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A sailor in the United States Navy gets to travel around the world and make a difference in other countries as part of the armed forces. While a part of the Navy, sailors earn competitive pay while not having to worry about paying for room and board. In addition, sailors earn additional special pay and housing credit while serving in the Navy.
Rank and Service
Pay in the Navy is determined by rank and years of service. An entry-level sailor starts at the rank of E-1 and can advance to E-2 after nine months. An additional nine months may allow him to advance to E-3 and six months later a sailor can advance to E-4 and beyond. With additional education and training such as a college degree, sailors can become officers. Their ranks are similar as they go from O-1 up to O-6. Some circumstances such as getting other sailors to join will allow a sailor to be promoted more quickly.
According to navy.com, an enlisted sailor who has been in the Navy less than two years will earn $1,447.20 per month as an E-1, $1,622.10 as an E-2, $1,705.80 as an E-3, $1,889.70 as an E-4 and $2,061.30 as an E-5. A sailor with two years of experience will earn $1,813.20 per month as an E-3, $1,986.30 per month as an E-4 and $2,199.30 as an E-5. Three years of experience yields a $1,923 monthly salary as an E-3, $2,094 as an E-4 and $2,305.50 as an E-5. Those with four years of experience earn $2,199.90 as an E-4 and $2,414.40 as an E-5. Officers earn a much higher salary with $2,745.60 per month as an O-1 with less than two years of experience up to $6,776.70 as an O-6 with four years of experience.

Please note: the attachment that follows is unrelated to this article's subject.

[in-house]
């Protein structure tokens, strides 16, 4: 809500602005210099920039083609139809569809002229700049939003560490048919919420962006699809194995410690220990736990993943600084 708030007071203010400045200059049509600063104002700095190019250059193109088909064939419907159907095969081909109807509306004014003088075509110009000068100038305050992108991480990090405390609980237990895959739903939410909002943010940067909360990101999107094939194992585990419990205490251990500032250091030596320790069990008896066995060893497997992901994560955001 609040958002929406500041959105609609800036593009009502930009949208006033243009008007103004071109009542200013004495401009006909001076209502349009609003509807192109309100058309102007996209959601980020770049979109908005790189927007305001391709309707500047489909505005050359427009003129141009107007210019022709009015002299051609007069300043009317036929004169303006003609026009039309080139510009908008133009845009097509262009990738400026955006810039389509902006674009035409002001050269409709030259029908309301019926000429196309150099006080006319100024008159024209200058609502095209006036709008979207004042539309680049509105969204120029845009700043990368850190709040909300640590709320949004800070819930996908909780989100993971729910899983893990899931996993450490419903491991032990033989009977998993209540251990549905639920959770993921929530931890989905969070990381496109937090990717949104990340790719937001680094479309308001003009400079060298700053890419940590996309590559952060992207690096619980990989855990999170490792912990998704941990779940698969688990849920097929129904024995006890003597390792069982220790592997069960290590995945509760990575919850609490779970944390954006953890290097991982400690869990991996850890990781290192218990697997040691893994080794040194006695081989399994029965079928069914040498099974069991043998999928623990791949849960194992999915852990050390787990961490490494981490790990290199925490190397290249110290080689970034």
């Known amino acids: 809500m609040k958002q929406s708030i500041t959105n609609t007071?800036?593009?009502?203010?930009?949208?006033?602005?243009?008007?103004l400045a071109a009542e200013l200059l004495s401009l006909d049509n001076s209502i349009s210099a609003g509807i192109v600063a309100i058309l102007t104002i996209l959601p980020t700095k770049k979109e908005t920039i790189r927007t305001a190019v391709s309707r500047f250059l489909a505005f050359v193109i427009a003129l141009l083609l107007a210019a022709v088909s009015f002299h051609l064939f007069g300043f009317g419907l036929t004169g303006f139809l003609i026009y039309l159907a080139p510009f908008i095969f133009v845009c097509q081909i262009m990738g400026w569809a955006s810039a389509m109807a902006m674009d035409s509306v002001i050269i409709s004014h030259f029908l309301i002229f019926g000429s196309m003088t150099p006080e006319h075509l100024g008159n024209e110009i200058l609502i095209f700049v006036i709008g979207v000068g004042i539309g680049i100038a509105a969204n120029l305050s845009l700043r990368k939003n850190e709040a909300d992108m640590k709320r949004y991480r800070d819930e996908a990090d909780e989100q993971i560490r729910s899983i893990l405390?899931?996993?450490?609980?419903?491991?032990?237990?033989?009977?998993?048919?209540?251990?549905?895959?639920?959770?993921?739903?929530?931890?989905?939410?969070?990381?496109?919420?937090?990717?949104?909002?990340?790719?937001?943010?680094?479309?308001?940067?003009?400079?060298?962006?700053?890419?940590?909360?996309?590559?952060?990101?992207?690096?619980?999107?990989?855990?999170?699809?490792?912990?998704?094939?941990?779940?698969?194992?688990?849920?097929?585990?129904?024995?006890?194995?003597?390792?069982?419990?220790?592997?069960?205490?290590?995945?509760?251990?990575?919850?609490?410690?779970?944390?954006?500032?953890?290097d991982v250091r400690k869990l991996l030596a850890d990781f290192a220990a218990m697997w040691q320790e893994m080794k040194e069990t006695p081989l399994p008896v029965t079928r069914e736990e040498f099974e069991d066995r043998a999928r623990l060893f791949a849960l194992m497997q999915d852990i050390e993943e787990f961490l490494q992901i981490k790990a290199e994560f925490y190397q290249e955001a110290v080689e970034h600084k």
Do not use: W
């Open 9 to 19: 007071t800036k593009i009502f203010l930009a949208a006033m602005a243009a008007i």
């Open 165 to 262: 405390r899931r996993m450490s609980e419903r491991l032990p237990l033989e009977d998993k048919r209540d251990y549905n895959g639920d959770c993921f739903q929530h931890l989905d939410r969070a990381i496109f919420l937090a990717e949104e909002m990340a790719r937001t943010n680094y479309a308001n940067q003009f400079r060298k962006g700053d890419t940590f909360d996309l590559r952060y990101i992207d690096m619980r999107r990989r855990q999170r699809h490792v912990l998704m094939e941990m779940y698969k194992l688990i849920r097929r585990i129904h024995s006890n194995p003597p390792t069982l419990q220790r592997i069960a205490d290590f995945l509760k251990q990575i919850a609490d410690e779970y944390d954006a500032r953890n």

Housing and Subsistence
Sailors also receive housing, food and basic necessities pay known as the Basic Allowance for Housing (BAH) and the Basic Allowance for Subsistence (BAS). In 2010, enlisted sailors received $323.87 per month in BAS and officers received $223.04 per month. Sailors who do not live in government quarters and who live in off-base housing receive BAH based on the cost-of-living in that location. Sailors who live in a more expensive area will receive more than those who live in a less expensive area, according to the Defense Travel Management Office of the Department of Defense.
In addition to salary, BAS and BAH, some sailors may also be able to receive certain types of special pay. This is given to certain sailors who are able to perform special skills or who may be serving in riskier environments. For instance, Diving Duty Pay for enlisted sailors who dive pays a maximum of $340 a month while officers receive $240 a month. Other types of special pays include Sea Duty Pay, Foreign Language Proficiency Pay and Submarine Duty Pay.
Bryan Cohen has been a writer since 2001 and is a graduate of the University of North Carolina at Chapel Hill with a double degree in English and dramatic art. His writing has appeared on various online publications including his personal website Build Creative Writing Ideas.